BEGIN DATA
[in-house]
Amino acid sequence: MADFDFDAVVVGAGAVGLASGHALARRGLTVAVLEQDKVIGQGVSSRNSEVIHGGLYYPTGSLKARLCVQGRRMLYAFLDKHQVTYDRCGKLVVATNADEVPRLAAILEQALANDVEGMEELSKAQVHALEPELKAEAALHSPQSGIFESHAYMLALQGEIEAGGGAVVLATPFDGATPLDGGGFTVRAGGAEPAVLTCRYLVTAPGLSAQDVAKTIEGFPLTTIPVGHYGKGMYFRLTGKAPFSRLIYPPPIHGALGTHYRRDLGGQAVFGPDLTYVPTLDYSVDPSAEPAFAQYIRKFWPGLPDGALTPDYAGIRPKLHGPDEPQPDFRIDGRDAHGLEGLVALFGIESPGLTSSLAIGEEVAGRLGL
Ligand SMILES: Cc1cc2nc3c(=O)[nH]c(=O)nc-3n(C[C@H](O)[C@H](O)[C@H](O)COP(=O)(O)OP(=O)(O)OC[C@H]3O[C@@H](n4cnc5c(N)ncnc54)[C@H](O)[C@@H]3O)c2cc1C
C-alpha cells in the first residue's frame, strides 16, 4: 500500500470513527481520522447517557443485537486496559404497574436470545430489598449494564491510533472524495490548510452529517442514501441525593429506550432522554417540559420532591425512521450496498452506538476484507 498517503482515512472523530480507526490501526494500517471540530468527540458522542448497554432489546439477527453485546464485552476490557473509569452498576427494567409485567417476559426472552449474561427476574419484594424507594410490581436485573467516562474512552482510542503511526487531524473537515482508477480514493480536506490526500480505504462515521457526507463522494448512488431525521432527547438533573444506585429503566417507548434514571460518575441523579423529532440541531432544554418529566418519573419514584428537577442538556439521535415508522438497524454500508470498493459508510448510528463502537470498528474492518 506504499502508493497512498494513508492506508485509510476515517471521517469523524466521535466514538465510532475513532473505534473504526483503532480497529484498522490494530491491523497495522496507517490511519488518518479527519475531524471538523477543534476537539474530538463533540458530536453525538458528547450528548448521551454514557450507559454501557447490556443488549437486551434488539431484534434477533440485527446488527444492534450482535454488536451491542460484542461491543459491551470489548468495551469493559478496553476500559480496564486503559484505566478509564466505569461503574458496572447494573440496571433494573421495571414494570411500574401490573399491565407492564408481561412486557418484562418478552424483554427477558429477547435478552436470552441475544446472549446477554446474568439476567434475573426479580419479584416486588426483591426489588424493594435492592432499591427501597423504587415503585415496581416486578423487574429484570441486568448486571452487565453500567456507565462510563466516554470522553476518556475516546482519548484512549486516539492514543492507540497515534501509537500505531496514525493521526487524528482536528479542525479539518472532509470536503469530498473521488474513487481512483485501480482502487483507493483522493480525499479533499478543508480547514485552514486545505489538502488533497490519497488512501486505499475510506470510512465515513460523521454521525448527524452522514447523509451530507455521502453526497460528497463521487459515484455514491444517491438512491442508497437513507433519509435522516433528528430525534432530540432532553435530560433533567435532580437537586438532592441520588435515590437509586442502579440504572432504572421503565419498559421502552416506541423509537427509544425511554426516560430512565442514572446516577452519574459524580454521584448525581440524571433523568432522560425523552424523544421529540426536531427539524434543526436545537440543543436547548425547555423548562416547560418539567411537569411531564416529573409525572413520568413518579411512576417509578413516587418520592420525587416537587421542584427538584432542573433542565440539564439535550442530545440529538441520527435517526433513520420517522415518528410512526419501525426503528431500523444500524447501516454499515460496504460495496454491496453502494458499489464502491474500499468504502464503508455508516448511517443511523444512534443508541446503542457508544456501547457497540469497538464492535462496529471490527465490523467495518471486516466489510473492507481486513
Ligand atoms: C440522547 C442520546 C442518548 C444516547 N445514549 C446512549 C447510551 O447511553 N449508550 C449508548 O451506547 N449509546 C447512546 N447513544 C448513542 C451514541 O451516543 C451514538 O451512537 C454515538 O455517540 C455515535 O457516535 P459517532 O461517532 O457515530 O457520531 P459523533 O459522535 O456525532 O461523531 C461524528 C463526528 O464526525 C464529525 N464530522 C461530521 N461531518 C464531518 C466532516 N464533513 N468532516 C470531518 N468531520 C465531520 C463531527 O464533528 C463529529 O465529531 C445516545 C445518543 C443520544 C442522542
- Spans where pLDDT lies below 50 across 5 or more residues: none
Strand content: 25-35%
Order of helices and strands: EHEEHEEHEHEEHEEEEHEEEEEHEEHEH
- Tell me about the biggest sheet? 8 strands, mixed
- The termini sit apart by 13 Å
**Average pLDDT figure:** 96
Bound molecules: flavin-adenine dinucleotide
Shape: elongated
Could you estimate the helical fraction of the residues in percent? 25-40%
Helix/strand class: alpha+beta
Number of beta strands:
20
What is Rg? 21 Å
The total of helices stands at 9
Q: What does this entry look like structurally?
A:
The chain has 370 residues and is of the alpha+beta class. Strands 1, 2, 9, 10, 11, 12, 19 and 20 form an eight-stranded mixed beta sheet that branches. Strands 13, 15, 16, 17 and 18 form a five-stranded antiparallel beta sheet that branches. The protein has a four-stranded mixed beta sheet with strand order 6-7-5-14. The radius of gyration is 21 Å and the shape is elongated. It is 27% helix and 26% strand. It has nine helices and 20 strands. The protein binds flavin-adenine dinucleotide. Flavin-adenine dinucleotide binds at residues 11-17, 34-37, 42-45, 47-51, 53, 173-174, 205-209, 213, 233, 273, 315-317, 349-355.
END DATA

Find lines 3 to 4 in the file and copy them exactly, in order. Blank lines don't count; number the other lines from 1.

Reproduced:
Ligand SMILES: Cc1cc2nc3c(=O)[nH]c(=O)nc-3n(C[C@H](O)[C@H](O)[C@H](O)COP(=O)(O)OP(=O)(O)OC[C@H]3O[C@@H](n4cnc5c(N)ncnc54)[C@H](O)[C@@H]3O)c2cc1C
C-alpha cells in the first residue's frame, strides 16, 4: 500500500470513527481520522447517557443485537486496559404497574436470545430489598449494564491510533472524495490548510452529517442514501441525593429506550432522554417540559420532591425512521450496498452506538476484507 498517503482515512472523530480507526490501526494500517471540530468527540458522542448497554432489546439477527453485546464485552476490557473509569452498576427494567409485567417476559426472552449474561427476574419484594424507594410490581436485573467516562474512552482510542503511526487531524473537515482508477480514493480536506490526500480505504462515521457526507463522494448512488431525521432527547438533573444506585429503566417507548434514571460518575441523579423529532440541531432544554418529566418519573419514584428537577442538556439521535415508522438497524454500508470498493459508510448510528463502537470498528474492518 506504499502508493497512498494513508492506508485509510476515517471521517469523524466521535466514538465510532475513532473505534473504526483503532480497529484498522490494530491491523497495522496507517490511519488518518479527519475531524471538523477543534476537539474530538463533540458530536453525538458528547450528548448521551454514557450507559454501557447490556443488549437486551434488539431484534434477533440485527446488527444492534450482535454488536451491542460484542461491543459491551470489548468495551469493559478496553476500559480496564486503559484505566478509564466505569461503574458496572447494573440496571433494573421495571414494570411500574401490573399491565407492564408481561412486557418484562418478552424483554427477558429477547435478552436470552441475544446472549446477554446474568439476567434475573426479580419479584416486588426483591426489588424493594435492592432499591427501597423504587415503585415496581416486578423487574429484570441486568448486571452487565453500567456507565462510563466516554470522553476518556475516546482519548484512549486516539492514543492507540497515534501509537500505531496514525493521526487524528482536528479542525479539518472532509470536503469530498473521488474513487481512483485501480482502487483507493483522493480525499479533499478543508480547514485552514486545505489538502488533497490519497488512501486505499475510506470510512465515513460523521454521525448527524452522514447523509451530507455521502453526497460528497463521487459515484455514491444517491438512491442508497437513507433519509435522516433528528430525534432530540432532553435530560433533567435532580437537586438532592441520588435515590437509586442502579440504572432504572421503565419498559421502552416506541423509537427509544425511554426516560430512565442514572446516577452519574459524580454521584448525581440524571433523568432522560425523552424523544421529540426536531427539524434543526436545537440543543436547548425547555423548562416547560418539567411537569411531564416529573409525572413520568413518579411512576417509578413516587418520592420525587416537587421542584427538584432542573433542565440539564439535550442530545440529538441520527435517526433513520420517522415518528410512526419501525426503528431500523444500524447501516454499515460496504460495496454491496453502494458499489464502491474500499468504502464503508455508516448511517443511523444512534443508541446503542457508544456501547457497540469497538464492535462496529471490527465490523467495518471486516466489510473492507481486513